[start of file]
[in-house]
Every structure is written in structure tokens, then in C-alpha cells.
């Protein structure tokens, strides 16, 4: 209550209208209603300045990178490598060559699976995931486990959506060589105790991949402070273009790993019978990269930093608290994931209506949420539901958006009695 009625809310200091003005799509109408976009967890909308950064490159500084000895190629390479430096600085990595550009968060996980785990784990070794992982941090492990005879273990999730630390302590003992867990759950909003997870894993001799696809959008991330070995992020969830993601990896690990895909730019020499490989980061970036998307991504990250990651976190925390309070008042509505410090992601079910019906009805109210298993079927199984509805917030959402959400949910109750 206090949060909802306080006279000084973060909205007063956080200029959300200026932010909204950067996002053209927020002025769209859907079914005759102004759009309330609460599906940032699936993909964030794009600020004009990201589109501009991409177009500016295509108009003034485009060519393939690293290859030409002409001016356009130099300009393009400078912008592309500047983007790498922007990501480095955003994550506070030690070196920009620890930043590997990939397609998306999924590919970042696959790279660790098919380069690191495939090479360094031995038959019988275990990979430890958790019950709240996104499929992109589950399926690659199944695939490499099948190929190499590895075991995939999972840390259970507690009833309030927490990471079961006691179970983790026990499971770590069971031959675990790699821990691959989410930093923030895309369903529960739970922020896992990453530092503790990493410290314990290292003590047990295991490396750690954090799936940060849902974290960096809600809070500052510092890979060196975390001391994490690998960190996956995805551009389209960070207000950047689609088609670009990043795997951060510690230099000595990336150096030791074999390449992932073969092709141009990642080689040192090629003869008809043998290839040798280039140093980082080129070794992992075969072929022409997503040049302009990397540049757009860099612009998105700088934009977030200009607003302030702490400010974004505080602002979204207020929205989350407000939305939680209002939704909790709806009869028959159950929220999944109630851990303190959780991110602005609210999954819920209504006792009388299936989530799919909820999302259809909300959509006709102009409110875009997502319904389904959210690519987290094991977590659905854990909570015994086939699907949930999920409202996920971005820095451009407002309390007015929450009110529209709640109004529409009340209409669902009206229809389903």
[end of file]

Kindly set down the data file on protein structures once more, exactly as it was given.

[in-house]
Every structure is written in structure tokens, then in C-alpha cells.
């Protein structure tokens, strides 16, 4: 209550209208209603300045990178490598060559699976995931486990959506060589105790991949402070273009790993019978990269930093608290994931209506949420539901958006009695 009625809310200091003005799509109408976009967890909308950064490159500084000895190629390479430096600085990595550009968060996980785990784990070794992982941090492990005879273990999730630390302590003992867990759950909003997870894993001799696809959008991330070995992020969830993601990896690990895909730019020499490989980061970036998307991504990250990651976190925390309070008042509505410090992601079910019906009805109210298993079927199984509805917030959402959400949910109750 206090949060909802306080006279000084973060909205007063956080200029959300200026932010909204950067996002053209927020002025769209859907079914005759102004759009309330609460599906940032699936993909964030794009600020004009990201589109501009991409177009500016295509108009003034485009060519393939690293290859030409002409001016356009130099300009393009400078912008592309500047983007790498922007990501480095955003994550506070030690070196920009620890930043590997990939397609998306999924590919970042696959790279660790098919380069690191495939090479360094031995038959019988275990990979430890958790019950709240996104499929992109589950399926690659199944695939490499099948190929190499590895075991995939999972840390259970507690009833309030927490990471079961006691179970983790026990499971770590069971031959675990790699821990691959989410930093923030895309369903529960739970922020896992990453530092503790990493410290314990290292003590047990295991490396750690954090799936940060849902974290960096809600809070500052510092890979060196975390001391994490690998960190996956995805551009389209960070207000950047689609088609670009990043795997951060510690230099000595990336150096030791074999390449992932073969092709141009990642080689040192090629003869008809043998290839040798280039140093980082080129070794992992075969072929022409997503040049302009990397540049757009860099612009998105700088934009977030200009607003302030702490400010974004505080602002979204207020929205989350407000939305939680209002939704909790709806009869028959159950929220999944109630851990303190959780991110602005609210999954819920209504006792009388299936989530799919909820999302259809909300959509006709102009409110875009997502319904389904959210690519987290094991977590659905854990909570015994086939699907949930999920409202996920971005820095451009407002309390007015929450009110529209709640109004529409009340209409669902009206229809389903």